Pitcher plants are grown in homes all over the world. Growing pitcher plants indoors is possible, but it can be a challenge due to their unique requirements.
Pitcher plants can grow in indoor locations where there is access to plenty of lighting, water, bugs, and above-average humidity levels. Most pitcher plants grow comfortably at room temperature, and only some varieties require dormancy.
This guide will guide you through the process of growing Pitcher plants indoors. Pitcher plants are sensitive to many elements and can die easily if the conditions are not optimal.
Pitcher Plant Indoor Care Guide
In this section, you will learn all the main considerations for growing Pitcher plants indoors. After covering all of the main items, I have summarized them in a table at the end of the article. I grow healthy pitcher plants indoors and hope I can help you do the same with your plants!
Indoor Lighting Requirements for Pitcher Plants
Lighting is an essential requirement for Pitcher plants. They need high amounts of light exposure to be healthy.
Pitcher plants need at least 10 hours of light every day. When Pitcher plants do not receive enough light, they weaken and can eventually die. When growing Pitcher plants indoors, you can opt for natural light, artificial light, or a combination of both.
Sunny window sills are optimal locations for Pitcher plants. But, these plants can live in windowless rooms as long as they receive enough lighting.
You can employ high output fluorescent lights or LED plant lights as artificial light sources. T8 bulbs are suitable fluorescent options. For LED options, choose 40-50 Watt LED lights. I have used this small LED plant light (which costs less than $30) to grow a Nepenthes plant indoors. You can follow the link to check the price on Amazon. It is a practical and inexpensive solution.
Soil for Pitcher Plants
In the wild, Pitcher plants grow in very poor soil. And they have developed an intolerance for nutrients. Pitcher plants nutritionless soil.
Employ a combination of long-fibered sphagnum moss or peat moss with perlite or sand as a growing medium for Pitcher plants. Each of the elements in the soil must be pure and lack nutrients and fertilizers.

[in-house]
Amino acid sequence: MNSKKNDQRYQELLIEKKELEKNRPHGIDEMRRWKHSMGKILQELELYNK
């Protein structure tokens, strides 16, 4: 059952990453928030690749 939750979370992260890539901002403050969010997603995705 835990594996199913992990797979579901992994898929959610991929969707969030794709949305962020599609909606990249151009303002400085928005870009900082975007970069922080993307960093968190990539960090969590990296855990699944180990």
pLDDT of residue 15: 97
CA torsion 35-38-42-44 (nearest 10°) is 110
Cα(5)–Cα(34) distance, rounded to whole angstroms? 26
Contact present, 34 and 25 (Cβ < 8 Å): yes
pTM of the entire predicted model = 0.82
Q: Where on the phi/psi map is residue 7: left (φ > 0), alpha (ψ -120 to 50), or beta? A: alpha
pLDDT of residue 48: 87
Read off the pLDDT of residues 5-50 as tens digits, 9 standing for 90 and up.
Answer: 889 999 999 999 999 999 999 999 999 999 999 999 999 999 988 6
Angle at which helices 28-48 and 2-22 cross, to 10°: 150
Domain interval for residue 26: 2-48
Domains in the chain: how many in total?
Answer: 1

When growing carnivorous plants indoors, I prefer to buy already made soil intead of bags of potting media due to the limited space. I shop for carnivorous plant soil on Etsy, online nurseries, or Amazon. 1 quart of soil is enough for multiple pots.
If you want to make your own soil, here are a few examples of suitable soil recipes:
- 4:1 or 3:1 or 2:1 ratio of peat moss and perlite
- 4:1 or 3:1 or 2:1 ratio of peat moss and silica sand
- 4:1 or 3:1 or 2:1 ratio of sphagnum moss and perlite
- 4:1 or 3:1 or 2: 1 ratio of sphagnum moss and silica sand
Watering Pitcher Plants Indoors
Watering pitcher plants is a vital process. Pitcher plants require high amounts of water. They do not like to live in standing water; the soil should continuously drain excess moisture.
While growing Pitcher Plants indoors or outdoor, the soil must remain humid at all times.
If you water pitcher plants from the top, water thoroughly until the soil is humid all around (but not flooded). Once the ground is slightly less humid, water again.
When watering Pitcher plants, only employ distilled water, reverse osmosis water o rainwater. The minerals in tap water or bottled water can kill Pitcher plants.
How to Feed Indoor Pitcher Plants
Outdoor Pitcher plants capture bugs on their own. When Pitcher plants grow indoors, they can capture some insects, but it depends on the availability.
Pitcher plants consume insects to supplement their diet. They do not need to consume bugs to survive, but they benefit from consuming them. Access to feed promotes growth and strengthen the plant.
I recommend feeding indoor Pitcher plants as a supplement. You can buy some food options for your plants, such as freeze-dried bloodworms, mealworms, flake fish food, or dried crickets in most pet stores. Or you could capture live bugs from a nearby garden.
Feed a Pitcher plant by dropping a bug inside the pitcher once every 2-4 weeks.
Pitcher Plant Dormancy
Some Pitcher plant varieties undergo a dormancy period. Dormancy is like hibernation. The plant goes to “sleep” during the winter and flourish in the spring.
Pitcher plants that require dormancy need exposure to cold weather during the winter months. Those plants need to be moved outdoors or to an unheated garage, porch, or windowsill during winter. Your plant won’t need sunlight during dormancy, but it will still need a good amount of water.